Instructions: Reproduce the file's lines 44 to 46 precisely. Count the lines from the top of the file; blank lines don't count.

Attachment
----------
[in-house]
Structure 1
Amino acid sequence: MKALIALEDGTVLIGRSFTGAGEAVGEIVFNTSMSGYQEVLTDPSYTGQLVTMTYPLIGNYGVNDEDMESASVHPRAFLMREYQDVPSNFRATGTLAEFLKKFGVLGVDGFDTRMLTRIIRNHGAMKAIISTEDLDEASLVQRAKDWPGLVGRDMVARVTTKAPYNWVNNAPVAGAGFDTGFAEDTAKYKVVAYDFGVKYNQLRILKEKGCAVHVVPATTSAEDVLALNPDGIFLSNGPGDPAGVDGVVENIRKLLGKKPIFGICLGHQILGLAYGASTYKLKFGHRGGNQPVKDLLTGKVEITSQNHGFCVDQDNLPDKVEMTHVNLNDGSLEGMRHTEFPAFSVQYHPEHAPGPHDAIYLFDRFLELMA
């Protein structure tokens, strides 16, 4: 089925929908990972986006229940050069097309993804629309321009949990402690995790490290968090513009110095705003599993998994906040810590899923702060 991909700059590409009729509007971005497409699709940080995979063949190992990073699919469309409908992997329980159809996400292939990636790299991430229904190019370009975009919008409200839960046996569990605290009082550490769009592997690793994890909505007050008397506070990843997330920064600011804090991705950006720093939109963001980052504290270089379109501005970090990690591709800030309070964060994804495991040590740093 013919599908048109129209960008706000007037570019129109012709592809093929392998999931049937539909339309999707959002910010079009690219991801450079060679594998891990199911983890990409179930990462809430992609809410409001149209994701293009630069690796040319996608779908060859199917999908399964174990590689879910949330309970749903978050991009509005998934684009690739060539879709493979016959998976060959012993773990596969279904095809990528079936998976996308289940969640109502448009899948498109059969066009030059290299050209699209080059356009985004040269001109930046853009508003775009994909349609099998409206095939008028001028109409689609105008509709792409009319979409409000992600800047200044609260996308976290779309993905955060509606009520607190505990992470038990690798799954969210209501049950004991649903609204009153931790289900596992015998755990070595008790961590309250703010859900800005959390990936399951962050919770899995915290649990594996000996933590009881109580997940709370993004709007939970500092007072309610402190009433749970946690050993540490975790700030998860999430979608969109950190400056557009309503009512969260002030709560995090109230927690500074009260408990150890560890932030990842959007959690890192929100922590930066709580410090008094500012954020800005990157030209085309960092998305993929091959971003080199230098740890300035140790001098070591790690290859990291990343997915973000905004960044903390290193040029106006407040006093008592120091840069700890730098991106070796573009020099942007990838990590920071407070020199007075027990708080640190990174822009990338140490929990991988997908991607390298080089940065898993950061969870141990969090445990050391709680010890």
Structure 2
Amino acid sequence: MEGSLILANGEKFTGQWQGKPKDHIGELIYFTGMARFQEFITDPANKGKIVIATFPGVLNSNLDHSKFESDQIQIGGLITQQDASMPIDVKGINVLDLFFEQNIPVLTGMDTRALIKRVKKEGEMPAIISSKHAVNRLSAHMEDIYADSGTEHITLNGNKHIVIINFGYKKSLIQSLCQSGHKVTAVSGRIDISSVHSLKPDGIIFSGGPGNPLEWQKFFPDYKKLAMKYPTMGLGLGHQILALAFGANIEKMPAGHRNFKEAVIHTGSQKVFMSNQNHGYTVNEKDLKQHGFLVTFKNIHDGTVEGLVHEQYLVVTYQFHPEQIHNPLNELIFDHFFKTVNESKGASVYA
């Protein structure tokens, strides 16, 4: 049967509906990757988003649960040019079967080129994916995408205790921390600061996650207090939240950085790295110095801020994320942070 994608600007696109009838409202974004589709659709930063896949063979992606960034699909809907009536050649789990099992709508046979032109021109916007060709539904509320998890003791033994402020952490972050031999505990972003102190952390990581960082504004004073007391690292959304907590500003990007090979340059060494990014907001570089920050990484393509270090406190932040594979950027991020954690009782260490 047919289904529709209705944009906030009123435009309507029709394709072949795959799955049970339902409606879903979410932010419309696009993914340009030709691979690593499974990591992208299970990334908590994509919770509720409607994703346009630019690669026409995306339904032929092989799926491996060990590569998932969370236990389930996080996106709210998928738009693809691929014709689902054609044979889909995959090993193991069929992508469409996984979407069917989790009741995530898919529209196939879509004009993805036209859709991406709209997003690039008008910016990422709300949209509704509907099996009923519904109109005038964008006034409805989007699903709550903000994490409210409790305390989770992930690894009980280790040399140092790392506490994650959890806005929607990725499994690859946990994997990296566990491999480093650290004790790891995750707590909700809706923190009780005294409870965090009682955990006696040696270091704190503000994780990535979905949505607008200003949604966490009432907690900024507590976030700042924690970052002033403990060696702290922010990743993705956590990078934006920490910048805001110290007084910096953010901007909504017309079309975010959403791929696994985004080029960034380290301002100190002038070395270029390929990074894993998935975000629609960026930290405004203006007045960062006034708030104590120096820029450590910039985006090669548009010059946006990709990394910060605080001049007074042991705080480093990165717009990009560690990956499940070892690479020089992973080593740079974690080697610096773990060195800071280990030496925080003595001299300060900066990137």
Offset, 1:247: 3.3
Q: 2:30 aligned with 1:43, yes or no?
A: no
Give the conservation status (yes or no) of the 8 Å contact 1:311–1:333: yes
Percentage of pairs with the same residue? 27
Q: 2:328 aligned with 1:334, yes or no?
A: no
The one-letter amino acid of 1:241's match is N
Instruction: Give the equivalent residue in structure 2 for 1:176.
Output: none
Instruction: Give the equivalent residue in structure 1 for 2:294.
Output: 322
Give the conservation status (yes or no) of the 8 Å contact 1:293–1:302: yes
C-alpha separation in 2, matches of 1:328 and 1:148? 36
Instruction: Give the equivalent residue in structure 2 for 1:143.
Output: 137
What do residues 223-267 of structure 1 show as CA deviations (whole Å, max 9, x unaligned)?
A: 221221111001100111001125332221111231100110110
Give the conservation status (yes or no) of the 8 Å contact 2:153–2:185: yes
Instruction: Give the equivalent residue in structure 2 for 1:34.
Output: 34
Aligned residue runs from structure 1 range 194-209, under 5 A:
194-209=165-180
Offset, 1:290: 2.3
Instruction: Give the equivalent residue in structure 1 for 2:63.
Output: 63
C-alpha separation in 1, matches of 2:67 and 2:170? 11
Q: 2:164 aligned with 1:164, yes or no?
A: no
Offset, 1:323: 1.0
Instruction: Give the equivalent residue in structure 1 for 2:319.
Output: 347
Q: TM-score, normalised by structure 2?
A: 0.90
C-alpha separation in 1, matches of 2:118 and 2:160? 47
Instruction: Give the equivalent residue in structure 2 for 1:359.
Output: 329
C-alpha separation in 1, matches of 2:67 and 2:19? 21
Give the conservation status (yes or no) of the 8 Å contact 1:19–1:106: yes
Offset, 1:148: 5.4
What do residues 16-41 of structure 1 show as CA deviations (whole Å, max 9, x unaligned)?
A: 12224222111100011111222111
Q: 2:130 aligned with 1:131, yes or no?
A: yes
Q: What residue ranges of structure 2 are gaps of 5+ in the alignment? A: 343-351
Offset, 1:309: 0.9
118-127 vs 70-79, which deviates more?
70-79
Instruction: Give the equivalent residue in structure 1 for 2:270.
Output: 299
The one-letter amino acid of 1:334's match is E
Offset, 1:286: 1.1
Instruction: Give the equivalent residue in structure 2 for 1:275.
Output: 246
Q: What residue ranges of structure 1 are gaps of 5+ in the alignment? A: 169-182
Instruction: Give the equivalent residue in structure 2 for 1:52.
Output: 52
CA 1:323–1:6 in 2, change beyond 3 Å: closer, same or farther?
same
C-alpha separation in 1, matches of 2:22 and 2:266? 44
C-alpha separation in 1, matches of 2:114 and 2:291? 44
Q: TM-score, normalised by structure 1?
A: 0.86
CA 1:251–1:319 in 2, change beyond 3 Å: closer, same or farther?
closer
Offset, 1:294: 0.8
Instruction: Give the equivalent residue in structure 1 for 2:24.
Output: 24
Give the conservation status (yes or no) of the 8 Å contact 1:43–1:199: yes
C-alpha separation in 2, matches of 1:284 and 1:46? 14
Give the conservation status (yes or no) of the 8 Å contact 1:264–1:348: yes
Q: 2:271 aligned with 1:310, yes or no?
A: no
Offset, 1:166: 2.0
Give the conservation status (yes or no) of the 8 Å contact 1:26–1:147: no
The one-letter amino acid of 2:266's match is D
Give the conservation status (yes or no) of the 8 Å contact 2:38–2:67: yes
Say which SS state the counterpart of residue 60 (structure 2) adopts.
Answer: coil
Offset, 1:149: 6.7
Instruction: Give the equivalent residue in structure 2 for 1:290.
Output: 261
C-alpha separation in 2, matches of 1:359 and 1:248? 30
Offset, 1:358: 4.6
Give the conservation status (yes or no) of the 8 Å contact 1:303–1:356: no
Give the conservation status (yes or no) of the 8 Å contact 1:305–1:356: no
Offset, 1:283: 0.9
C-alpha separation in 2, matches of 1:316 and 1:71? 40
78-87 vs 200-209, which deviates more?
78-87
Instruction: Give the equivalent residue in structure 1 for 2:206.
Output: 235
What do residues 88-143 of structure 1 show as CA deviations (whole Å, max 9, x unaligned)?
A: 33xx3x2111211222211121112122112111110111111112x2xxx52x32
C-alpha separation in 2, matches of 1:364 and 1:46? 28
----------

Output: 329
C-alpha separation in 1, matches of 2:67 and 2:19? 21
Give the conservation status (yes or no) of the 8 Å contact 1:19–1:106: yes